Similar to the challenges that exists in R&D with clinical trials and clinical site monitors, life sciences companies will also need to determine which parts of their sales force, or field force for med tech companies, can return to work. That requires the right insights into the status of the healthcare providers. It won’t matter if a company is willing to put its sales force back to work if the healthcare providers aren’t taking sales visits and/or patients aren’t seeking treatment. Instead, pharma and med tech companies should focus on emphasising services for patients that help balance demand for care.
As companies start to return to full productivity, they need to re-evaluate customer needs – those of patients, caregivers and healthcare providers – and shift efforts accordingly. Companies have an opportunity to leverage their field-based teams to capture 'near real-time' insight into local hospitals and clinics, feeding intelligence into centralised models for scenario planning. They should also assess the decisions they made on communications content and channels at the start of the pandemic to inform what they carry over into the coming months. These new agile ways of working will allow companies to determine how they most effectively match up their sales force to the market, paired with the right digital investments, to enable new engagement models.
Biopharma companies have reported (both in quarterly earnings and anecdotally) that despite some shortages, supply chains have been resilient thus far, but we’re not out of the woods. As stay-at-home orders lift and the economy re-opens, forecasting will prove challenging. Many factors will influence new demand and prescribing patterns. Will patients feel safe to visit doctors for diagnosis, or even for wellness visits? When will non-essential and elective procedures begin again? What impact will the economic downturn, unemployment and loss of health insurance have on prescribing patterns and demand?
On the supply side, companies need insights into the inventory positions of their suppliers. Have they similarly returned to work? Have they experienced upstream supply disruptions or production slowdowns, and will raw materials, APIs, be supplied at predictable rates? Although forecasting may be a challenge, now is the time to drive greater levels of collaboration and visibility across the supply chain.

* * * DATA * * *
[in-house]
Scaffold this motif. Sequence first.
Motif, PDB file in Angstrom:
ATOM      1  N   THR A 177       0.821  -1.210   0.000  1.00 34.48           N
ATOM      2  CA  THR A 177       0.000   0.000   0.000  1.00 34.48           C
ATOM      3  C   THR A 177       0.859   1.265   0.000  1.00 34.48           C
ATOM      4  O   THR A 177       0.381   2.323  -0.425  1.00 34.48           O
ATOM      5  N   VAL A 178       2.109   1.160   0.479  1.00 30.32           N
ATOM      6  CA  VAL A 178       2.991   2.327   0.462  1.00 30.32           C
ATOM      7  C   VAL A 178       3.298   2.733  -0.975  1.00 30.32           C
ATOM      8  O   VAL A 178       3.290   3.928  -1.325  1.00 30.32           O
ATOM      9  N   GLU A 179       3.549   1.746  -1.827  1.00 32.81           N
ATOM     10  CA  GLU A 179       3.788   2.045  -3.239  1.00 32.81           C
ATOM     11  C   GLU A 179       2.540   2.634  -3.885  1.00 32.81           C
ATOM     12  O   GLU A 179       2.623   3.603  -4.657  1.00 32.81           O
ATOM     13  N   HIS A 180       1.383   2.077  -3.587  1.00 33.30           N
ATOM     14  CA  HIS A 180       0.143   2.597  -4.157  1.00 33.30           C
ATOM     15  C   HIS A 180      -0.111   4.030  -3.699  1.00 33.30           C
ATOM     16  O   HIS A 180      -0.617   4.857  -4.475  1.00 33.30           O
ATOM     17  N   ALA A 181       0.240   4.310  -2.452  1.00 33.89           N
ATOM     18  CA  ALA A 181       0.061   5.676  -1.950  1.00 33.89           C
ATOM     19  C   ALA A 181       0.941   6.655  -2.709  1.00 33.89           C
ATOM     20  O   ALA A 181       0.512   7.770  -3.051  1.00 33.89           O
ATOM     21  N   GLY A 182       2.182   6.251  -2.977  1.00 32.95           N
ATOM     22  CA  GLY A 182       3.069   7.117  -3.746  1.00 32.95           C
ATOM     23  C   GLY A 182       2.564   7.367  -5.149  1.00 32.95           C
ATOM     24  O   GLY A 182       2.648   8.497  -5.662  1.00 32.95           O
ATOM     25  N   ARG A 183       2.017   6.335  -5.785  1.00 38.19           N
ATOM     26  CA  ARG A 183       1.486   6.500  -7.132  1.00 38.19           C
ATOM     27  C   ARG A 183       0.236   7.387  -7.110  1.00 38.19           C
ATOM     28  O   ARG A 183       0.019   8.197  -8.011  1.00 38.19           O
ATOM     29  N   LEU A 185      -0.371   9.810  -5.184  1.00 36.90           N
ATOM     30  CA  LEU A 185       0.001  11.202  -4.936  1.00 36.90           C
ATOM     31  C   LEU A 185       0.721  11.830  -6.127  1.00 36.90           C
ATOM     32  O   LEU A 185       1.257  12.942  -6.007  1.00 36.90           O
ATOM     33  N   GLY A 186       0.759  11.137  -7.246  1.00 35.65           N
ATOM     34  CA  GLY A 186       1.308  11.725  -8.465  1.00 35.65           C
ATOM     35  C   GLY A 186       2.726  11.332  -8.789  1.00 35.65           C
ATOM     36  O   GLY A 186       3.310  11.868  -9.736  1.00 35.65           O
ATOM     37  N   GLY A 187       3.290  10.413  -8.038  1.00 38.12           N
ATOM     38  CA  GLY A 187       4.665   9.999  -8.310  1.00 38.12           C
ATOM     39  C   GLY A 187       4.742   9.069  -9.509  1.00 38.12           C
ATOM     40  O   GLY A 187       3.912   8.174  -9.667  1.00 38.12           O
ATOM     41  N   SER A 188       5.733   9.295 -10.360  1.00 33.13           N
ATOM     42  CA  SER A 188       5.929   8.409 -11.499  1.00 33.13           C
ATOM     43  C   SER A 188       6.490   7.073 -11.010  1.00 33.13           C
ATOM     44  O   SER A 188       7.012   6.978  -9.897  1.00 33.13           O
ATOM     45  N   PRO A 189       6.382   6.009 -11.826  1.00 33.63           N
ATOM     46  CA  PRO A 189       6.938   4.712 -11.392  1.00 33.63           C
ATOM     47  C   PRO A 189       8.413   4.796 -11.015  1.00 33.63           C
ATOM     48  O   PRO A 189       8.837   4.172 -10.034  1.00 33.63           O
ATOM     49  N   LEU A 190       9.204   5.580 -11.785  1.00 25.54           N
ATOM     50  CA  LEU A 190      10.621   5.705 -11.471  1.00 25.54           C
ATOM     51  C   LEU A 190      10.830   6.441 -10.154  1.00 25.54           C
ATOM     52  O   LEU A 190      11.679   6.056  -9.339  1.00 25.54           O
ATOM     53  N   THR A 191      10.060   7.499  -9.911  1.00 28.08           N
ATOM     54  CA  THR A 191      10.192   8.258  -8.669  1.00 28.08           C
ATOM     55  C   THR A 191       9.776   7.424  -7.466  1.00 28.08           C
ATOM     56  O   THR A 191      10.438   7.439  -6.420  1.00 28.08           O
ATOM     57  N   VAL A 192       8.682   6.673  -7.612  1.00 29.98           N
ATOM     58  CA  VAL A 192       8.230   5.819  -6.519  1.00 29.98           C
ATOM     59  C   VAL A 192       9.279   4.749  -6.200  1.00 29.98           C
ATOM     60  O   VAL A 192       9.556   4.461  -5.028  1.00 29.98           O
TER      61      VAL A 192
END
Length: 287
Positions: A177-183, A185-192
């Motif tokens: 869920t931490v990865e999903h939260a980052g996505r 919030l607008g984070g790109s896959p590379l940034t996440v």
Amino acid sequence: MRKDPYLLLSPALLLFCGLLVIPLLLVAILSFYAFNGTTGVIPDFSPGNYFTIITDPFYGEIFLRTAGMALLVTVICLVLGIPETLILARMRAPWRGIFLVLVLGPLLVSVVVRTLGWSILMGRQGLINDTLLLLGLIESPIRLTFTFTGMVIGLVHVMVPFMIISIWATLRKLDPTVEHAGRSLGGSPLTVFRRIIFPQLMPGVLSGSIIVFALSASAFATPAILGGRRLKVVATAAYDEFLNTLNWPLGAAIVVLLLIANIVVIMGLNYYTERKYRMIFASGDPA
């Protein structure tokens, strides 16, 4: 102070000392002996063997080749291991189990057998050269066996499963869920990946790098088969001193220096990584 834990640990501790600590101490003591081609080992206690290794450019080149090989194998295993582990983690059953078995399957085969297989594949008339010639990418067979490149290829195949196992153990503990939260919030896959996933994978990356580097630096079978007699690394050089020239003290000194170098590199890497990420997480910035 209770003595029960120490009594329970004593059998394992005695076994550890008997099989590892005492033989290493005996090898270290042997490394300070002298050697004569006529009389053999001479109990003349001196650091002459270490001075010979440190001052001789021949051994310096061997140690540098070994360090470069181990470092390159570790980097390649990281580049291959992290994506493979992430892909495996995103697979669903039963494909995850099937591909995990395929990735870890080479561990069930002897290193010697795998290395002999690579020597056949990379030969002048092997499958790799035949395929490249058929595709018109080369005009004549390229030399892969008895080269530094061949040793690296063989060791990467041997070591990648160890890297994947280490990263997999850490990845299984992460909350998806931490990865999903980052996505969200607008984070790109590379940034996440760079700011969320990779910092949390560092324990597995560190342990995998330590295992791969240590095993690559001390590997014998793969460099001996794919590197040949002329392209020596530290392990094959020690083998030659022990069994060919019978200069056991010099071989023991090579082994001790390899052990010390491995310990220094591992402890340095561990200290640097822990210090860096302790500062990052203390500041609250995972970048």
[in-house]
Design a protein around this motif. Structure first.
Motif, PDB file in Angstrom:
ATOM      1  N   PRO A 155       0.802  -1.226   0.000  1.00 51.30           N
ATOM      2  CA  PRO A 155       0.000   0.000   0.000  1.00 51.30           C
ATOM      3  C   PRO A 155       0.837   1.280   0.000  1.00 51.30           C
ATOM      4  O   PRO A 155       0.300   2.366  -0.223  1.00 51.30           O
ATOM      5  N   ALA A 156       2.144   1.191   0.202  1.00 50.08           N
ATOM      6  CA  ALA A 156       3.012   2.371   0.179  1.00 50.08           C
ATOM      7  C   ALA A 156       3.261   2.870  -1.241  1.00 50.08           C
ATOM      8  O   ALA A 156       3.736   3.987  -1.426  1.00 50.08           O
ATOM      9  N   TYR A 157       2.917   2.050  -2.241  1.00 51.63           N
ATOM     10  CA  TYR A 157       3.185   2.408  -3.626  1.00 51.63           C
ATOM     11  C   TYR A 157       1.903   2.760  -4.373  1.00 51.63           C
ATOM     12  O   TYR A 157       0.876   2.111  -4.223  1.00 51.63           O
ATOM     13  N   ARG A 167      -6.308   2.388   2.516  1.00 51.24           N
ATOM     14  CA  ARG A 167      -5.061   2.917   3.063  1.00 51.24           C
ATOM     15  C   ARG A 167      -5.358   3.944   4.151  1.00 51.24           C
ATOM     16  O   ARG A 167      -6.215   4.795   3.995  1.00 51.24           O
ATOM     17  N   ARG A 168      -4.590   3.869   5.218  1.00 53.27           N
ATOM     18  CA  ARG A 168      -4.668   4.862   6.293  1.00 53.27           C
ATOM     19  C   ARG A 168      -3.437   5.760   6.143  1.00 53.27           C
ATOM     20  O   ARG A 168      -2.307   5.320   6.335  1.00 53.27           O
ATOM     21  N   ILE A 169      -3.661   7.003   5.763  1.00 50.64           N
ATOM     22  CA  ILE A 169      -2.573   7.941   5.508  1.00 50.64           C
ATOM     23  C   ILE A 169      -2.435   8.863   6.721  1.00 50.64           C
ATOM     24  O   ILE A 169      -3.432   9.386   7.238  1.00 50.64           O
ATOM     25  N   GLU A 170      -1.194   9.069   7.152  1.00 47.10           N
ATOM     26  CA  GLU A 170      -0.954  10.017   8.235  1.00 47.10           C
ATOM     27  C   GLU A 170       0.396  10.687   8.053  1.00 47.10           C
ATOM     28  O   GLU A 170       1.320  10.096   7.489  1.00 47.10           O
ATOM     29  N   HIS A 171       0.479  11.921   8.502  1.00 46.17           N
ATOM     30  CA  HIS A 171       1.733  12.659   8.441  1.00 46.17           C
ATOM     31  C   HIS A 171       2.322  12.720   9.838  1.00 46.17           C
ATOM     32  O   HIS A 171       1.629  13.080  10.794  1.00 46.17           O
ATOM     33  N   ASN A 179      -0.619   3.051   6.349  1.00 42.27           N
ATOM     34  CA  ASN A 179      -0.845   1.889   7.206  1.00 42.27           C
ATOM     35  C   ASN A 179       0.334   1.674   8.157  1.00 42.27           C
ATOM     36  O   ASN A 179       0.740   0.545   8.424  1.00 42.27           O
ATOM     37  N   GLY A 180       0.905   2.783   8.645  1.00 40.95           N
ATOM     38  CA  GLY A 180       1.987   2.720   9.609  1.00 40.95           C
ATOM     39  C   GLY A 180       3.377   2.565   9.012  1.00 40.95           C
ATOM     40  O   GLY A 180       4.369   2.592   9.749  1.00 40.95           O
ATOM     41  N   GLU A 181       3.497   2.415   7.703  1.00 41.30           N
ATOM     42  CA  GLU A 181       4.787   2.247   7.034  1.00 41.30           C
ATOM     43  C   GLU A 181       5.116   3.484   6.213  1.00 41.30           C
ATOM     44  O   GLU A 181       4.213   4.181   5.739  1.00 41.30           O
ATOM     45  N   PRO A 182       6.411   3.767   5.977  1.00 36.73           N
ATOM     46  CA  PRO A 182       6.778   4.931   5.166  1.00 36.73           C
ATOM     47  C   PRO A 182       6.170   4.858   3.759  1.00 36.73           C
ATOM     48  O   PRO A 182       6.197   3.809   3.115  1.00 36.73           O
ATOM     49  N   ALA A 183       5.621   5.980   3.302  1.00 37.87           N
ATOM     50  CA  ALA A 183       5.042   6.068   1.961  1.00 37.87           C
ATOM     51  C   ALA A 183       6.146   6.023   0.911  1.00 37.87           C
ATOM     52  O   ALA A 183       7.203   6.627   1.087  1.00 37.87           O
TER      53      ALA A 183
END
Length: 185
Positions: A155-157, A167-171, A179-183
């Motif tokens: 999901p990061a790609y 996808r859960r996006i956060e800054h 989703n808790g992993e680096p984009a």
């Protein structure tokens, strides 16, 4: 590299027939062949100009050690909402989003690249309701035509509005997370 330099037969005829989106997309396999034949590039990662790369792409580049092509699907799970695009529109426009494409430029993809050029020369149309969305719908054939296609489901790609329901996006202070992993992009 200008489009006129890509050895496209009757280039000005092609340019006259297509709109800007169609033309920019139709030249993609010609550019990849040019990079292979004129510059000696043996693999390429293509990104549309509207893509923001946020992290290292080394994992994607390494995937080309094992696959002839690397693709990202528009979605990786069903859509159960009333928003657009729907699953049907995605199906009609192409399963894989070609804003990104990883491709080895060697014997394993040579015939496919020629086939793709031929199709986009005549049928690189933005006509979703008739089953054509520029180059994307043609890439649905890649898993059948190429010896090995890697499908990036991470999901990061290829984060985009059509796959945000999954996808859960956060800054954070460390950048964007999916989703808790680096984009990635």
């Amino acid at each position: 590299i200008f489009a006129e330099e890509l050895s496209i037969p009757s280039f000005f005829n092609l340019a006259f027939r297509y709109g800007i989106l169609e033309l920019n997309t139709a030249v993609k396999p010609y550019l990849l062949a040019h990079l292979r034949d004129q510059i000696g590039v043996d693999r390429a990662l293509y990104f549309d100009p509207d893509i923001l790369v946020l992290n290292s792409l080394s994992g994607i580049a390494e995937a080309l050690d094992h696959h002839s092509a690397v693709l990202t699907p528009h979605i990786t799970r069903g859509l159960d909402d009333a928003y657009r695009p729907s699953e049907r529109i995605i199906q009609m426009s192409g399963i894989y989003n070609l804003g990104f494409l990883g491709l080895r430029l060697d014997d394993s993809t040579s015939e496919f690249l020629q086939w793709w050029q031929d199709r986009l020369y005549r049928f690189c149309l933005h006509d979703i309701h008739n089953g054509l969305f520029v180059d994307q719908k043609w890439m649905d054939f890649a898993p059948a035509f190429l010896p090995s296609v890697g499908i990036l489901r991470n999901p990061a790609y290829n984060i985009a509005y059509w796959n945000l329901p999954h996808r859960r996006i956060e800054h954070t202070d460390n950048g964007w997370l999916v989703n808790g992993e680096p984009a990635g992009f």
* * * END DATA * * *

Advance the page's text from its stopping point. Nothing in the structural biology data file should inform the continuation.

The pandemic shined a light on the vulnerabilities in the life sciences value chain and will provide the spark for the digital transformation programmes that will provide long-term resilience. R&D organisations will move to create more patient-centric clinical trial capabilities that incorporate wearables, telemedicine and remote monitoring capabilities. Commercial organisations will adopt more digital engagement solutions while continuing focus on improving access and affordability programmes for patients. Manufacturing organisations will reshape supply networks and adopt digital plant solutions in the form of greater automation, advanced analytics, digital worker solutions and robotics. Companies will design/redesign facilities and office space, embed disease surveillance in physical security, and develop future talent recruitment and development plans that include substantial remote working. These capabilities will not only drive greater efficiency, they will also act as a buffer against future disruption and ultimately allow the industry to better serve patients.
But how do we get there?
When the pandemic first hit the focus was on what to do now – how to get employees home to safety and limit disruption to operations. It further identified the transformation and resilience programmes that companies need to start now and will continue for several years to define our future ways of working. But at this moment, companies need to quickly turn their attention to the near – the critical weeks and months ahead of us that will determine how effectively we start to rebound. As governments take steps to ease social distancing restrictions, companies need a detailed plan to restart that considers the unique circumstances of each function, and factors in the ecosystem that they operate within. And it should all be anchored to a set of empathetic and human-centric goals for employees, partners and patients.
To be successful, companies need to establish control towers or command centers within each function, tasked with the priorities and discrete, near-term objectives for restarting. Within those command centers, companies should split those that are focused on the next transformation programmes from those that are focused on the restart. They will need strong sensing capabilities built on advanced analytics and insights tools, that can combine internal operational data with external data sources not previously considered, including partners and changing local public health conditions. This is the time to institutionalise the agile and fast ways of working that were established at the outset of the pandemic. The companies that do this successfully will generate the best insights, enabling them to act the fastest, provide better patient care and gain competitive advantage in the return to productivity in the never normal.
Brad Michel is a managing director and Accenture's Life Sciences Industry Lead for North America